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Congress Extends Tuition Assistance Program for D.C. Students

The U.S. House of Representatives has approved a bill to extend for five years a program that helps District of Columbia high school graduates better afford the cost of attending public universities and historically Black colleges.

The bill would extend through 2012 the D.C. Tuition Assistance Grant program, whose main goal is to allow D.C. graduates to pay in-state tuition rates at any public college in the nation. Another provision of the law provides district graduates with $2,500 to attend an HBCU nationwide or a private college in the district-area.

The program “reaches students and communities where there is no hope of being able to obtain a college education,” says U.S. Rep. Danny Davis, D-Ill., a Congressional Black Caucus member who is the new chair of a House subcommittee responsible for the program. Program data show 58 percent of students using the program are low income, he adds.

Congress created the program in 1999 citing the lack of a comprehensive state college system in the nation’s capital. The district’s only public college or university, the University of the District of Columbia, is an open-admissions institution. By comparison, residents who live in neighboring Maryland or Virginia can choose from among 40 public two- and four-year colleges.

Under the D.C. TAG program, a high school graduate choosing a public college outside the district can receive aid of up to $10,000 a year, with a maximum of $50,000.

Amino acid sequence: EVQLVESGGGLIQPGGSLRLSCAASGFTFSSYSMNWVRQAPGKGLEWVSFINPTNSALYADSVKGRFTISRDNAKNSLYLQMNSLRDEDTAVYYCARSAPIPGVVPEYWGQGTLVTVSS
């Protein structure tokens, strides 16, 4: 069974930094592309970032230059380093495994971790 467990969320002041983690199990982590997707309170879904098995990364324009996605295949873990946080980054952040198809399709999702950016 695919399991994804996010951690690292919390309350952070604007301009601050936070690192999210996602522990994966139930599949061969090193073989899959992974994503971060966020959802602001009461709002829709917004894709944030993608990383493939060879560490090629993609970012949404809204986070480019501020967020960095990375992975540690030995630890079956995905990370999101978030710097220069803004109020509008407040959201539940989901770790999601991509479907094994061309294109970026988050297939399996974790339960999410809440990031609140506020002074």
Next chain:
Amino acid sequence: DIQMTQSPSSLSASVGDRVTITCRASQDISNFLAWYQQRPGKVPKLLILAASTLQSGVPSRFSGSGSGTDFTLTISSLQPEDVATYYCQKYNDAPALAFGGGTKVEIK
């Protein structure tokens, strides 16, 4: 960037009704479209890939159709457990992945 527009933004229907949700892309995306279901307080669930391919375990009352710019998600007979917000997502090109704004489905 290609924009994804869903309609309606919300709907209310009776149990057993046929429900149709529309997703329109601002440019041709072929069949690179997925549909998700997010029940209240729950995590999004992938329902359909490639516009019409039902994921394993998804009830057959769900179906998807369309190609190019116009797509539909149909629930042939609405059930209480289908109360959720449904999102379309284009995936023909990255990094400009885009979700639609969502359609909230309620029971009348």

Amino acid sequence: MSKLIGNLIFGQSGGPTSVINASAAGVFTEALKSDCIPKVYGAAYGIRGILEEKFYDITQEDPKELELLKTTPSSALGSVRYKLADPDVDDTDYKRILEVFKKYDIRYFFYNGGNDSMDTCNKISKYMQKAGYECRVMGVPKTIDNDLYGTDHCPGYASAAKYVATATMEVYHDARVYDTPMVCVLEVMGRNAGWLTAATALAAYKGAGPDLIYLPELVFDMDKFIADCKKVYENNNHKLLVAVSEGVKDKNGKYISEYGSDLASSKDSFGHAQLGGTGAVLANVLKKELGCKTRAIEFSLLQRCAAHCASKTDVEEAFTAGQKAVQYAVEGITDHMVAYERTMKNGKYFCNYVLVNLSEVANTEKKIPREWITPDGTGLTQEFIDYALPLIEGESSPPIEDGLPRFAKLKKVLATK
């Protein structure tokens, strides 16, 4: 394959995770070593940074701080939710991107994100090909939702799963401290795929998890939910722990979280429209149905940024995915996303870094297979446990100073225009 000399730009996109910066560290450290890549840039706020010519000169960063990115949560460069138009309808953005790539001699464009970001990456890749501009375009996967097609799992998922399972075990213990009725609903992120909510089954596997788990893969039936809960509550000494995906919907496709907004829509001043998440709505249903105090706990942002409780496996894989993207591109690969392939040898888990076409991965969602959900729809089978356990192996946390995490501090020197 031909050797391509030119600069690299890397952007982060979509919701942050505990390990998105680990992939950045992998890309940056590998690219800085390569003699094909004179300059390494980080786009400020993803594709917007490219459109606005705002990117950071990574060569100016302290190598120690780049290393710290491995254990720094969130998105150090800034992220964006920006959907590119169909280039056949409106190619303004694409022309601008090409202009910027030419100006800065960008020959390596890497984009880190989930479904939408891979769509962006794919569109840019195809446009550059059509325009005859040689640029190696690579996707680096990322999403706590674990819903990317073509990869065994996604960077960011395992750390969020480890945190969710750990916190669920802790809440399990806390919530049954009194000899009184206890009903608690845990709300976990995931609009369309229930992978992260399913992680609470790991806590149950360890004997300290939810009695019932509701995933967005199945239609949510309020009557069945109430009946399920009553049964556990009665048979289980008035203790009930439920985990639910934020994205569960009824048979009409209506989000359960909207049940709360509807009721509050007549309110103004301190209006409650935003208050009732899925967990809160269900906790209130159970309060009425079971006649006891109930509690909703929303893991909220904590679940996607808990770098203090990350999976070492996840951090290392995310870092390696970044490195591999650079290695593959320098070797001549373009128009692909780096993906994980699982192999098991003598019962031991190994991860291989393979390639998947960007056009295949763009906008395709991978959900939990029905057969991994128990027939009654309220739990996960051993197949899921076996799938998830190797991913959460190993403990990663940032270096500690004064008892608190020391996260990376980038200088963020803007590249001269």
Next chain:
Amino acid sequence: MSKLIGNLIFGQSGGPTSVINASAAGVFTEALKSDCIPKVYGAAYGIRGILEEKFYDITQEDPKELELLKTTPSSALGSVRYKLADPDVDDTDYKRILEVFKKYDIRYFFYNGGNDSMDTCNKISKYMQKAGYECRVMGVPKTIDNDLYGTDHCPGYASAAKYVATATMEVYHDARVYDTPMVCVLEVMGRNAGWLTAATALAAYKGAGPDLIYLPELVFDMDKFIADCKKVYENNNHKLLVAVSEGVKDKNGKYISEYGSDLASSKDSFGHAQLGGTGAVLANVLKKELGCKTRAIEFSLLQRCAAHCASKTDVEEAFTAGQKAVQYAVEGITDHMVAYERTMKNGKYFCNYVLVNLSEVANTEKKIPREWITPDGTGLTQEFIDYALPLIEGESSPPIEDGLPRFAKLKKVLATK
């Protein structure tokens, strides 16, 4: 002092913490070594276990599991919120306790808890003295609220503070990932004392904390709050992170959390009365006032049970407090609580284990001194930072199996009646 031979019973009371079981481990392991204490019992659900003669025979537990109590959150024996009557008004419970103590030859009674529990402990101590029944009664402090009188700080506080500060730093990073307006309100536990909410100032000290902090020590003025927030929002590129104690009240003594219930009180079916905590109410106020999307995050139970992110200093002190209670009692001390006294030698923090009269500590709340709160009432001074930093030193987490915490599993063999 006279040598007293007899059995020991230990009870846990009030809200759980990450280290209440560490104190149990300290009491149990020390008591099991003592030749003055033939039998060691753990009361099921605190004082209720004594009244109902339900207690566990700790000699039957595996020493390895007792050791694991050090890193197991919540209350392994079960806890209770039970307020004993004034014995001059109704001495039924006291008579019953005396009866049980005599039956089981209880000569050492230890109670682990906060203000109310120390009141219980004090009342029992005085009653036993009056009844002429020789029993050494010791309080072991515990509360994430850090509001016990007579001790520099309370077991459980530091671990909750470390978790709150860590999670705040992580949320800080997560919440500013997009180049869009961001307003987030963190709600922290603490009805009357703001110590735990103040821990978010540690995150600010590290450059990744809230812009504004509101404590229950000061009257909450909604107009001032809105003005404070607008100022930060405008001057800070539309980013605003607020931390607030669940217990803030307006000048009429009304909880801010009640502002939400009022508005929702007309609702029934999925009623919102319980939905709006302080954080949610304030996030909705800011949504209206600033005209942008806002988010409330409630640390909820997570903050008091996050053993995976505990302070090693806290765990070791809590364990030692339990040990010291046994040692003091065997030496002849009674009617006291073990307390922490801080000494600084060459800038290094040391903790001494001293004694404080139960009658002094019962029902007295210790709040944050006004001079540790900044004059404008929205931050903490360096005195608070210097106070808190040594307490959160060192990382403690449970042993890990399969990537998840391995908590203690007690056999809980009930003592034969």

The HBCU provision allows students to claim a maximum of $12,500 over their college careers, the equivalent of $2,500 annually for five years.

Many students using the program have enrolled at HBCUs, Davis says. Five of the top 10 schools selected by grant recipients are Hampton University, Morehouse College, Virginia Union University, St. Augustine’s College and Bennett College. Overall, D.C. graduates have used the assistance at more than 270 institutions in 47 states.

“This program serves a community that is lacking resources for students of color from low-income households,” Davis says.

The program has increased college attendance of D.C. students by 60 percent over the past five years, says Eleanor Holmes Norton, the district’s House delegate. “Most of these students are the first in their families to attend college.”

Norton says the law has stemmed an exodus of taxpayers who had left D.C. in part to access in-state tuitions in Maryland and Virginia.

“This bill provides higher education access to young people here equivalent to opportunities available in all the states,” she says.

The program received $33 million for 2007, and President Bush has proposed a $2 million increase next year.

This law is a classic “leveling of the playing field,” says U.S. Rep. Tom Davis, R-Va., adding that the program has doubled the number of district residents attending college since 2000.

The full House approved the measure by a 268 to 100 vote. The Senate often has provided bipartisan support for the program, but a bill has not yet come up for a vote.

For the 2005-2006 school year, the program provided more than $30 million in assistance to more than 4,700 students, according to data collected by the House. The average grant was $9,500 for public colleges and universities and $2,350 for private institutions.

–Charles Dervarics

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